Friday, 25 March 2022 14:55

Does 'energised' water work?

Written by  Staff Reporters
A company claims electromagnetic radiation energises water and helps reduce impurities, foster pasture growth and improve stock health, among other benefits. A company claims electromagnetic radiation energises water and helps reduce impurities, foster pasture growth and improve stock health, among other benefits.

A North Canterbury company is claiming excellent results from devices which use electromagnetic radiation in the form of low-frequency radio transmitters to “structure” or “energise” water for a wide range of benefits.

HydroBoost claims the devices, when applied to stock, irrigation or domestic supplies, have been shown to reduce impurities, foster pasture growth and improve stock health, among other benefits.

The company says the technology removes iron and manganese from water in an environmentally friendly way and without the need for expensive chemicals.

“On a recent trial, it reduced iron 95%, manganese 92% as well as reducing arsenic, boron, lead and some other harmful chemicals.”

The company was founded by farmer Michael Richards who began looking into energised water many years ago as an alternative to chemical fertiliser. He has recently been joined by Michael Dennis as business development manager, to help expand beyond the 20 or so devices already installed in businesses as varied as dairy farms, a kiwifruit orchard, a North Canterbury polo ground and a Taranaki poultry farm.

Asked for the scientific basis for the devices, they cite the work of Gerald H Pollack, a professor of Bioengineering at the University of Washington in Seattle. Pollack maintains that a fourth phase of water exists, apart from the accepted solid, liquid and gas, and that it has important properties particularly in biological systems.

But his work remains controversial. “Most of the mainstream people have pretended that this doesn’t exist,” Pollack said in a recent YouTube interview.

Richards explains that the devices basically increase what he calls the “skin” of water - essentially the same property of water that creates a meniscus in a glass. He believes it’s a quality that rainwater naturally has in abundance but is lost from the ground or bore water used in irrigation.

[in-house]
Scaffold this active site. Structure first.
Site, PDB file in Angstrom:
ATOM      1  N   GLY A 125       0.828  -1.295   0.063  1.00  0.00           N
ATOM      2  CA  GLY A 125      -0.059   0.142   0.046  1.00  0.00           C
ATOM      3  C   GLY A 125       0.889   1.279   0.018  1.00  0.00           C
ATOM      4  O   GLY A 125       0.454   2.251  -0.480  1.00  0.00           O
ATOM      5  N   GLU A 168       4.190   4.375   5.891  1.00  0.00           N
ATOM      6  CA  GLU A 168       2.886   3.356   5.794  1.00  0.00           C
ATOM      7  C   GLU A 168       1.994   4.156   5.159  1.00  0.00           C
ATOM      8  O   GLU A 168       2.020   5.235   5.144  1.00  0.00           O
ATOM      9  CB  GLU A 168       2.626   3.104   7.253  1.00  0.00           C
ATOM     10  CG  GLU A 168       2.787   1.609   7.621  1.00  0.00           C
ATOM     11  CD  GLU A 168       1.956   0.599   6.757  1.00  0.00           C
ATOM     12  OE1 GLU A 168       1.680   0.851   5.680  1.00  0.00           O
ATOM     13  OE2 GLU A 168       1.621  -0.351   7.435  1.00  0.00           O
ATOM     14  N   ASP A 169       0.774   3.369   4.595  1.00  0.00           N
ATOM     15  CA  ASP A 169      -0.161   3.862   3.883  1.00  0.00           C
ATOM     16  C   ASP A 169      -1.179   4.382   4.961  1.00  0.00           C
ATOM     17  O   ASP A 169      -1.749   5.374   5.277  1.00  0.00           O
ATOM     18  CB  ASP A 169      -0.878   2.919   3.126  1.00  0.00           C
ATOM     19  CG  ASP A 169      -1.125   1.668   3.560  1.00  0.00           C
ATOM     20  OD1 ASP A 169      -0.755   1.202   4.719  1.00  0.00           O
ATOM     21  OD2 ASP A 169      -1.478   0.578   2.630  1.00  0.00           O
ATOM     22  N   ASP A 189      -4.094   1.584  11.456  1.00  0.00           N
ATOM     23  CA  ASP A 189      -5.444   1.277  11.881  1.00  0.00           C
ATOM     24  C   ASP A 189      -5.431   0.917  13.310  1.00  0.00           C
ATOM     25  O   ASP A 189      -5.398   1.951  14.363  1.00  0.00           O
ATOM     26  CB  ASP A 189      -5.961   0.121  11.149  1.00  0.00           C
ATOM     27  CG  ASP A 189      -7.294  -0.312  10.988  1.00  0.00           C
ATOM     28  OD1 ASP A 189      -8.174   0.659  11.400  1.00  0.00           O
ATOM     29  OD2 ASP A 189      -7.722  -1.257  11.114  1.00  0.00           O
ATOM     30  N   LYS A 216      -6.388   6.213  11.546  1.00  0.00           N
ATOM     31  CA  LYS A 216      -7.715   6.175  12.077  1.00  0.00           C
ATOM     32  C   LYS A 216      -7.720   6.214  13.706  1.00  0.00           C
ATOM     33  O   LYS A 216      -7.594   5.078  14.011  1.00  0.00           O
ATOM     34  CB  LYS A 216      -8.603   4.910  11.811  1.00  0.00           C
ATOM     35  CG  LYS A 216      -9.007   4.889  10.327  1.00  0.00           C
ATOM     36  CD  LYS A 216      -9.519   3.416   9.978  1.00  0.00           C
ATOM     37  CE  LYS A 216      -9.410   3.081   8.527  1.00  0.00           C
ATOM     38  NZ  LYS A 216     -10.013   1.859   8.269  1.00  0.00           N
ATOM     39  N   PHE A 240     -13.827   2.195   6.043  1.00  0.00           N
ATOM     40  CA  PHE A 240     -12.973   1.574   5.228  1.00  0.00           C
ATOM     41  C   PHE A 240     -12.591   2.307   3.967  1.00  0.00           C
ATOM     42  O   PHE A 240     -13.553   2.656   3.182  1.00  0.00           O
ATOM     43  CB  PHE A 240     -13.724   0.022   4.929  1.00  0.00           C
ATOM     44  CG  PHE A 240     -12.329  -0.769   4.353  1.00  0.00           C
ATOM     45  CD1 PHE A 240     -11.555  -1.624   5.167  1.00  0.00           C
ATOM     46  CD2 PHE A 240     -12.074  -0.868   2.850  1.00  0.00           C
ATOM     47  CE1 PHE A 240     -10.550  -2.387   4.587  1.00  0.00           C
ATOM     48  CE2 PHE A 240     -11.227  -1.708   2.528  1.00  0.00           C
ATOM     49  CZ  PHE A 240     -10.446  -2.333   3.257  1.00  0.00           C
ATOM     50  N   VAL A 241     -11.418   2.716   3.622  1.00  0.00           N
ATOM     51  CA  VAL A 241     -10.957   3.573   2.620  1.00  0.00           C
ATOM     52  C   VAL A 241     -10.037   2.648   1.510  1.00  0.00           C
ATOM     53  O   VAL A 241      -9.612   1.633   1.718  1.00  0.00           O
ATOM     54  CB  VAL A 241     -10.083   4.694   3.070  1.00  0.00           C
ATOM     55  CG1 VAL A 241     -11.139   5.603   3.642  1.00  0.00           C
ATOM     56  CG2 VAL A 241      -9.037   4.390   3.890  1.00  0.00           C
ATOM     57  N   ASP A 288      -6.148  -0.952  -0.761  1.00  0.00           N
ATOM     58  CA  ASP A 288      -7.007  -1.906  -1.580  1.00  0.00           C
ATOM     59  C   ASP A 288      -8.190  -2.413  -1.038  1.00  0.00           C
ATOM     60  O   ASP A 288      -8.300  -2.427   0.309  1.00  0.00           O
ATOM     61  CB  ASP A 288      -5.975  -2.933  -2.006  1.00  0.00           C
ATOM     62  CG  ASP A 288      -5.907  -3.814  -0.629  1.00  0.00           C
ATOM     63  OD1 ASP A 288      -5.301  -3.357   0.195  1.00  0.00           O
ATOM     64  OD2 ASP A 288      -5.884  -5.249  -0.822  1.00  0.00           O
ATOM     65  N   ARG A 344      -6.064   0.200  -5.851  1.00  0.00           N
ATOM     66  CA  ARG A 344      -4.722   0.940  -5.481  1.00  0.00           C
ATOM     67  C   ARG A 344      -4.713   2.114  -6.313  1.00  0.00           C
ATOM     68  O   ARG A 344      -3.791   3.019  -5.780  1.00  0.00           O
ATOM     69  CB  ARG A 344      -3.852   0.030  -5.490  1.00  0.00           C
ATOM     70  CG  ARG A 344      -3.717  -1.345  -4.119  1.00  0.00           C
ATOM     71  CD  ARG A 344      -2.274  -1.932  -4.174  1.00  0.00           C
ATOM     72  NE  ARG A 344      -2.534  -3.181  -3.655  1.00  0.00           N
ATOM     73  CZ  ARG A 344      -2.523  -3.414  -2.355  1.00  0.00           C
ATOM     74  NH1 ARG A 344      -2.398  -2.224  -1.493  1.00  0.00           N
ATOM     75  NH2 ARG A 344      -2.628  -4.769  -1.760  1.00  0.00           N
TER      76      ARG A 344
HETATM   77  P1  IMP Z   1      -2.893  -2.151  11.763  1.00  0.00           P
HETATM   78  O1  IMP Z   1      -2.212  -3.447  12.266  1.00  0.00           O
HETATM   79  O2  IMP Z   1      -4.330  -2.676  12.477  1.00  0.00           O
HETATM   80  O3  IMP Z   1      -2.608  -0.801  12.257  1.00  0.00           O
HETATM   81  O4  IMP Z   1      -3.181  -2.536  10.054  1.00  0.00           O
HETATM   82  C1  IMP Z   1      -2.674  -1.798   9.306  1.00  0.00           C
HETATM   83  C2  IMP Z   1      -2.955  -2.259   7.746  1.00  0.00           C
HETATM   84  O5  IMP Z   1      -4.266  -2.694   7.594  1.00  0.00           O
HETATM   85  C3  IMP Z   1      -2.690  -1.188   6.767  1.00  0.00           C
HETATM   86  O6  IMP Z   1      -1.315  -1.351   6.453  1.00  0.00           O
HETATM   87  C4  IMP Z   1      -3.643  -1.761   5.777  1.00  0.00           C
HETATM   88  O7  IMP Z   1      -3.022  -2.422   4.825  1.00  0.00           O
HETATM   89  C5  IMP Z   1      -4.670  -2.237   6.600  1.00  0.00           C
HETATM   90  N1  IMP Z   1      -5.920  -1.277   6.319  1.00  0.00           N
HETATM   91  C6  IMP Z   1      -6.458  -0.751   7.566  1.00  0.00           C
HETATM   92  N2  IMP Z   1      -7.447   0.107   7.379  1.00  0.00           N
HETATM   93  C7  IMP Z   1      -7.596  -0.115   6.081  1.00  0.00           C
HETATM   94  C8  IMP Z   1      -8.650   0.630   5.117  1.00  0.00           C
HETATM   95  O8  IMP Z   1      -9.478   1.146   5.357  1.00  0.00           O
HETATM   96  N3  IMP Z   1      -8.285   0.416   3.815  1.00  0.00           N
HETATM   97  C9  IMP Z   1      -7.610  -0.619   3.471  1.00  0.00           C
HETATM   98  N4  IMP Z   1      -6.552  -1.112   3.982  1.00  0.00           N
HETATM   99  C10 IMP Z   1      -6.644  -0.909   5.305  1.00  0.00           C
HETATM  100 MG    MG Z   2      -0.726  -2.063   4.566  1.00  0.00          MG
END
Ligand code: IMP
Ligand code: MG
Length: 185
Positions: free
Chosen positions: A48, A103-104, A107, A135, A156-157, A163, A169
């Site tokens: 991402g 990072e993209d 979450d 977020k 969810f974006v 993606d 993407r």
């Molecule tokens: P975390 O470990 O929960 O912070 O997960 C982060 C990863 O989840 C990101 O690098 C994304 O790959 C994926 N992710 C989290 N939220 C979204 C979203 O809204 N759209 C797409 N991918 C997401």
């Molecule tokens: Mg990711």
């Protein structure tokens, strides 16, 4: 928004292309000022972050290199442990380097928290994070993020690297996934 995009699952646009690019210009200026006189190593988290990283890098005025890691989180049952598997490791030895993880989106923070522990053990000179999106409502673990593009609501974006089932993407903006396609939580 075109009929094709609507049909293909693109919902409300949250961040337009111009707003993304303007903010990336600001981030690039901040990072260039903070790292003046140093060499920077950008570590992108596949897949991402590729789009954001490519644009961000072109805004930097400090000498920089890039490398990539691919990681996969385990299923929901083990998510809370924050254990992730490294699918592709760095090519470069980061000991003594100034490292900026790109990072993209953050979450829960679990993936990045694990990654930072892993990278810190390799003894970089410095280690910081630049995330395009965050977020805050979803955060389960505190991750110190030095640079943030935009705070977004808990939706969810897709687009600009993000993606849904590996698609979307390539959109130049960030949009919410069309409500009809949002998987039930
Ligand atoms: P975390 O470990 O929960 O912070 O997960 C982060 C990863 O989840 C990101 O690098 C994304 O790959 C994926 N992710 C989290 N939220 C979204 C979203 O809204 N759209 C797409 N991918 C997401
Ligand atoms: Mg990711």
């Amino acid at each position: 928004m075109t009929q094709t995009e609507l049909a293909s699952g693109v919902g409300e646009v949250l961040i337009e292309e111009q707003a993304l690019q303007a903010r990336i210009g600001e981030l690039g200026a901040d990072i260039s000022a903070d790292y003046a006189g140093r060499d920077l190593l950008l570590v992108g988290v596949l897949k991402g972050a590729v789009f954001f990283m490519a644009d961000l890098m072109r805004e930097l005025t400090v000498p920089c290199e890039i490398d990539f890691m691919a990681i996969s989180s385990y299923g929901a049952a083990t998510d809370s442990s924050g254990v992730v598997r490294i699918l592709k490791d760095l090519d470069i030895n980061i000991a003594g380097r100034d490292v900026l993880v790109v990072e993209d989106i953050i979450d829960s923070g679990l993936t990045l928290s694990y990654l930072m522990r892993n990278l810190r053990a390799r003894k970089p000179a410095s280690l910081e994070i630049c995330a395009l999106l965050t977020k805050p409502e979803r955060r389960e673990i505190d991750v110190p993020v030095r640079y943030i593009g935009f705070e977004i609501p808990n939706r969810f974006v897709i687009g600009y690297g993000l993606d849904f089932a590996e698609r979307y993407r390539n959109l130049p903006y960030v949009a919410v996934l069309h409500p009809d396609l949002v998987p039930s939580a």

“We haven’t got as far as peer review, and there’s a very good hard economic reason,” says Richards.

“The universities basically rip you off in the amount of money they need to do the work, and they also keep patents and IP of it.”

However they say the proof is in the results.

One satisfied customer is Waikuku farmer Barry Tull who says a HydroBoost device has dramatically improved his house water quality.

Tull, 90, who has lived in the district all his life and 30 years on his current block, told Dairy News that over the years his house supply first used a well that “went putrid” apparently from leaching from an old wool scour on the block, then rainwater (although it wasn’t always enough for his needs), and for the last eight or nine years a dip pipe from his main irrigation bore.

However, that water has such high iron content that he battled a serious rust and sediment problem, he says.

“If you haven’t run the bath for a fortnight or three weeks in a row, when you first turn the cold tap on the bottom of the bath would be like a cup of tea without milk in it for about four minutes before it cleared.”

Tull says the problem has cleared since a HydroBoost device was installed in his concrete storage tank.

“There’s no doubt about it, it certainly improved the water.”

Dennis says test results show that the observed iron content dropped 95% while the manganese reduced 92% over a four-month period.

“The result was unexpected for the customer but not for HydroBoost, where this type of outcome has been observed at a number of sites with water displaying high iron and manganese concentrations.”
Dennis says high iron or manganese in bore water can cause pivots to rust out, while high iron content spread on paddocks can create a copper deficiency.

And with the Three Waters reforms coming, some farmers face bills up to $20,000 to have clean water put onto their properties from the local council.

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